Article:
By ADRIAN SAINZ
MEMPHIS, Tenn. (AP) — Video showing five Memphis officers beating a Black man was made public Friday, one day after they were charged with murder in the death of Tyre Nichols.
The footage shows Nichols being held down, struck by the Black officers and screaming for his mother as the police savagely beat the 29-year-old FedEx worker for three minutes. The Nichols family legal team has likened the assault to the infamous 1991 police beating of Los Angeles motorist Rodney King.
Cities across the country braced for large demonstrations. Nichols’ relatives urged supporters to protest peacefully.
“This young man, by definition of the law in this state, was terrorized. Not by one, not by two, but by five officers who we now know … acted in concert with each other,” said attorney Antonio Romanucci, who represents Nichols’ family.
The officers “acted together … to inflict harm, terrorism, oppression of liberty, oppression of constitutional rights, which led to murder,” Romanucci said.
Memphis Police Director Cerelyn Davis described the officers’ actions as “heinous, reckless and inhumane,” and said that her department has been unable to substantiate the reckless driving allegation that prompted the stop.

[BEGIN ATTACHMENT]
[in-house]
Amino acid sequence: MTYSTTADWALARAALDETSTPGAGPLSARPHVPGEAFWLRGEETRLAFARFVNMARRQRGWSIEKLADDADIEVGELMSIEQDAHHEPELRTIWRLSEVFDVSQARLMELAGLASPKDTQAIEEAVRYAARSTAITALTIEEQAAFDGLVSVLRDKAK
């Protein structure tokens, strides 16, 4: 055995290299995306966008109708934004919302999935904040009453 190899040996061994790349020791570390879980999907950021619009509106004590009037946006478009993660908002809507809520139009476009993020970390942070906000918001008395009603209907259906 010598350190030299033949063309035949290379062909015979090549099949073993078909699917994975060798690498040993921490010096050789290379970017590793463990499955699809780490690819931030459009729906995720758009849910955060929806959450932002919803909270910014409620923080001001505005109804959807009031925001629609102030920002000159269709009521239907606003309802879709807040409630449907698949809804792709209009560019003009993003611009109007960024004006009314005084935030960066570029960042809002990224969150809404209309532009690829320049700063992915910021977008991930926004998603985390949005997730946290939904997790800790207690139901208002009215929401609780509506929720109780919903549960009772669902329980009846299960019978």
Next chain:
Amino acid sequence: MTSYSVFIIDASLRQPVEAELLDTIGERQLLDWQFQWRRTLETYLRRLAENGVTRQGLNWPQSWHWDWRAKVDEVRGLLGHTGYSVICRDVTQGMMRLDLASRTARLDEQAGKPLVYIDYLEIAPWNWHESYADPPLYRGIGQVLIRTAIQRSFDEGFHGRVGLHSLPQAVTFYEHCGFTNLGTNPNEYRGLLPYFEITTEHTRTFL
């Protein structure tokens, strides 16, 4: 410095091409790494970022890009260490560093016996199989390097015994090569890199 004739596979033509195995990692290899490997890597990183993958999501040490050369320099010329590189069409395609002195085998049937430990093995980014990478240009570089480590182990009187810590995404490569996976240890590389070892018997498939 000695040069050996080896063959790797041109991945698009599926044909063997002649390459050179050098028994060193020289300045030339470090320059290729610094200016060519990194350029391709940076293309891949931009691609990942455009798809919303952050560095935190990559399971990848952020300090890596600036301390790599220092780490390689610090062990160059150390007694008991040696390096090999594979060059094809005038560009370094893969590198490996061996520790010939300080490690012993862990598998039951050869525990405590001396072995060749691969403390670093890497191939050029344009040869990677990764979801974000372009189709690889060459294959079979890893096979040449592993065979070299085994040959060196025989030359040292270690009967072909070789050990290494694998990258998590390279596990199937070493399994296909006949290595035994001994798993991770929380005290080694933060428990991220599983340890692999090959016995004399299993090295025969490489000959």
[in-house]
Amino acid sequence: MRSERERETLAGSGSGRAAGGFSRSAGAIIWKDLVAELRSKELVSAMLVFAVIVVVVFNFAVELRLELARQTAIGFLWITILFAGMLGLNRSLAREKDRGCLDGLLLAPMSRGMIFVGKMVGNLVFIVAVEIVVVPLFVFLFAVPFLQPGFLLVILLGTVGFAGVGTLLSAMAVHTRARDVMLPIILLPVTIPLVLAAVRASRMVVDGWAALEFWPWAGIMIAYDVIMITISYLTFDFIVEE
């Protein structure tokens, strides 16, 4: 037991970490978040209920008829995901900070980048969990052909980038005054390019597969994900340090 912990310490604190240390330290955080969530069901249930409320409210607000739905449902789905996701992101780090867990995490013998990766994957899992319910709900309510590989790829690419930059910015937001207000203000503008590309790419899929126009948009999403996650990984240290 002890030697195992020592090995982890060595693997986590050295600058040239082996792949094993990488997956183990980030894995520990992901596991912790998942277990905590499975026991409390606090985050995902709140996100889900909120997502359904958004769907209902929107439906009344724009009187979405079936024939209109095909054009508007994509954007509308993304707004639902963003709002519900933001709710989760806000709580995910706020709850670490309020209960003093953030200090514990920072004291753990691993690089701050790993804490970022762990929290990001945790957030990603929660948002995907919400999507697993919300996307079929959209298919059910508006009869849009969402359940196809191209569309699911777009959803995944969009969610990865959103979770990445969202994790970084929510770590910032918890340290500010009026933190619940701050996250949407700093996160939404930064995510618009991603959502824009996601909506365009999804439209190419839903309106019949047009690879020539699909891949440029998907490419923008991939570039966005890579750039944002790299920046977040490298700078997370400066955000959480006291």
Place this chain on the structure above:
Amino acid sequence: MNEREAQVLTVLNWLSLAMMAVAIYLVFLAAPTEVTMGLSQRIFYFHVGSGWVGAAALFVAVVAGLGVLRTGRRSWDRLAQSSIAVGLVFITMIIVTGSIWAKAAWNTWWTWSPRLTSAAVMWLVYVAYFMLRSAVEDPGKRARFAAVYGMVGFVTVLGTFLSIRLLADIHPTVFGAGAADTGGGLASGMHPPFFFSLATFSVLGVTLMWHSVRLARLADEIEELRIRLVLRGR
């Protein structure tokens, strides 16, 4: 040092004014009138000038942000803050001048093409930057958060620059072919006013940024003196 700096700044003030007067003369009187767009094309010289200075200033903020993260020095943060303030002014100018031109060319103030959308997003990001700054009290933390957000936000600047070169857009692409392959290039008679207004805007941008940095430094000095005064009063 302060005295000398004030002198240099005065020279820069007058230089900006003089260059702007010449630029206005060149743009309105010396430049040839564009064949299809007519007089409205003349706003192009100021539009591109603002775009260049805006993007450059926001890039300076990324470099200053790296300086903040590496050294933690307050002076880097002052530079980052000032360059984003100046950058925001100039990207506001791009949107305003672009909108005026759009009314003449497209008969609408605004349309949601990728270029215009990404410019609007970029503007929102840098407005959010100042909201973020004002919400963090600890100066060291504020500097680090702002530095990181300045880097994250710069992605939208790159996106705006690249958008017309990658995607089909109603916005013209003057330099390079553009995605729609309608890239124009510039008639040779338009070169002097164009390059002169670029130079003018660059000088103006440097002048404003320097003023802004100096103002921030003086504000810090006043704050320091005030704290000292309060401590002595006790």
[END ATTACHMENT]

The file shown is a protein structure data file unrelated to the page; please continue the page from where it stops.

She told The Associated Press in an interview that there is no video of the traffic stop that shows Nichols recklessly driving.
During the initial stop, the video shows the officers were “already ramped up, at about a 10,” she said. The officers were “aggressive, loud, using profane language and probably scared Mr. Nichols from the very beginning.”
“We know something happened prior to this officer or these officers getting out of their vehicles … Just knowing the nature of officers, it takes something to get them amped up, you know, like that. We don’t know what happened,” she said.
“All we know is the amount of force that was applied in this situation was over the top,” Davis said.